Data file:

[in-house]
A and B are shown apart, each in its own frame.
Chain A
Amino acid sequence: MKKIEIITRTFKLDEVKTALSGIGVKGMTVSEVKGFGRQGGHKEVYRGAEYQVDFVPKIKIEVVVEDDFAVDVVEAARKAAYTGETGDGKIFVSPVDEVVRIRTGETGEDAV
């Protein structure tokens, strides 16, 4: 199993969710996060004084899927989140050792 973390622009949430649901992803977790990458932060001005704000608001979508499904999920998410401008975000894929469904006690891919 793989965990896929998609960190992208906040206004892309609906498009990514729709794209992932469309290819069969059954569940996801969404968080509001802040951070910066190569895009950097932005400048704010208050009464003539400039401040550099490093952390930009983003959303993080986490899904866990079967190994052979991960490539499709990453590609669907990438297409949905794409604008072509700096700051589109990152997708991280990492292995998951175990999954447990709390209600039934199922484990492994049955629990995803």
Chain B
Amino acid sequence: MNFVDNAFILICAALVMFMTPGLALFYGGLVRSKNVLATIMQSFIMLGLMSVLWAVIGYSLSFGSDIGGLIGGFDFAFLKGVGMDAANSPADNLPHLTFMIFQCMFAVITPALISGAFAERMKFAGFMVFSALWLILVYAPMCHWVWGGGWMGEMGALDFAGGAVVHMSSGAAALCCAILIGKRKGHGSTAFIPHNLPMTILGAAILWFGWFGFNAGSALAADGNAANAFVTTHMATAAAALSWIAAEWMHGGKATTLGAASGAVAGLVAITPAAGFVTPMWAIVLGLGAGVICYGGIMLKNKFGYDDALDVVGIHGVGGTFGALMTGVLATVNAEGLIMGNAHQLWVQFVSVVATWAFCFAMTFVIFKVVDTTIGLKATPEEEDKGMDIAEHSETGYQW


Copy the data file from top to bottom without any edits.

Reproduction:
[in-house]
A and B are shown apart, each in its own frame.
Chain A
Amino acid sequence: MKKIEIITRTFKLDEVKTALSGIGVKGMTVSEVKGFGRQGGHKEVYRGAEYQVDFVPKIKIEVVVEDDFAVDVVEAARKAAYTGETGDGKIFVSPVDEVVRIRTGETGEDAV
């Protein structure tokens, strides 16, 4: 199993969710996060004084899927989140050792 973390622009949430649901992803977790990458932060001005704000608001979508499904999920998410401008975000894929469904006690891919 793989965990896929998609960190992208906040206004892309609906498009990514729709794209992932469309290819069969059954569940996801969404968080509001802040951070910066190569895009950097932005400048704010208050009464003539400039401040550099490093952390930009983003959303993080986490899904866990079967190994052979991960490539499709990453590609669907990438297409949905794409604008072509700096700051589109990152997708991280990492292995998951175990999954447990709390209600039934199922484990492994049955629990995803």
Chain B
Amino acid sequence: MNFVDNAFILICAALVMFMTPGLALFYGGLVRSKNVLATIMQSFIMLGLMSVLWAVIGYSLSFGSDIGGLIGGFDFAFLKGVGMDAANSPADNLPHLTFMIFQCMFAVITPALISGAFAERMKFAGFMVFSALWLILVYAPMCHWVWGGGWMGEMGALDFAGGAVVHMSSGAAALCCAILIGKRKGHGSTAFIPHNLPMTILGAAILWFGWFGFNAGSALAADGNAANAFVTTHMATAAAALSWIAAEWMHGGKATTLGAASGAVAGLVAITPAAGFVTPMWAIVLGLGAGVICYGGIMLKNKFGYDDALDVVGIHGVGGTFGALMTGVLATVNAEGLIMGNAHQLWVQFVSVVATWAFCFAMTFVIFKVVDTTIGLKATPEEEDKGMDIAEHSETGYQW